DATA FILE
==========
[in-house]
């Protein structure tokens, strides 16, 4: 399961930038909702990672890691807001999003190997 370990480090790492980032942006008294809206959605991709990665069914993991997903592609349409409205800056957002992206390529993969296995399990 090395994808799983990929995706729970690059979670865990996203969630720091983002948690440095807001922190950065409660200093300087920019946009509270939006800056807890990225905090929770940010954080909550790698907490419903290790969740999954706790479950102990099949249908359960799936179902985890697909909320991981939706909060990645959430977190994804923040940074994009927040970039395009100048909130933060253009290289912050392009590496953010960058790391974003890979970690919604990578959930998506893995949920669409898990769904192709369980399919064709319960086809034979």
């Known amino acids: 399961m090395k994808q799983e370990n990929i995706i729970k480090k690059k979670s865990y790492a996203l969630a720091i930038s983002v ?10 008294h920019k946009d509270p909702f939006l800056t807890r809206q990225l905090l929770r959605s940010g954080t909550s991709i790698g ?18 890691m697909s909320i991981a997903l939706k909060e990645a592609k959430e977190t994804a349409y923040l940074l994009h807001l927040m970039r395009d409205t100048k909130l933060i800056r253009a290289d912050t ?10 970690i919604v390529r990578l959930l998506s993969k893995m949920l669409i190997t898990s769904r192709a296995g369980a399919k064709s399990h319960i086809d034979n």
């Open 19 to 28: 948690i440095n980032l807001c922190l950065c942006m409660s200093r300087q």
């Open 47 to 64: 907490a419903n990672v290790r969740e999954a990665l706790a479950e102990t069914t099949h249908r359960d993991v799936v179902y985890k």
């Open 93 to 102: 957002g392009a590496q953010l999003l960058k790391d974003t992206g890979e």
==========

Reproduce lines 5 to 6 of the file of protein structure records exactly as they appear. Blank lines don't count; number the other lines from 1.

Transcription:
């Open 47 to 64: 907490a419903n990672v290790r969740e999954a990665l706790a479950e102990t069914t099949h249908r359960d993991v799936v179902y985890k």
């Open 93 to 102: 957002g392009a590496q953010l999003l960058k790391d974003t992206g890979e």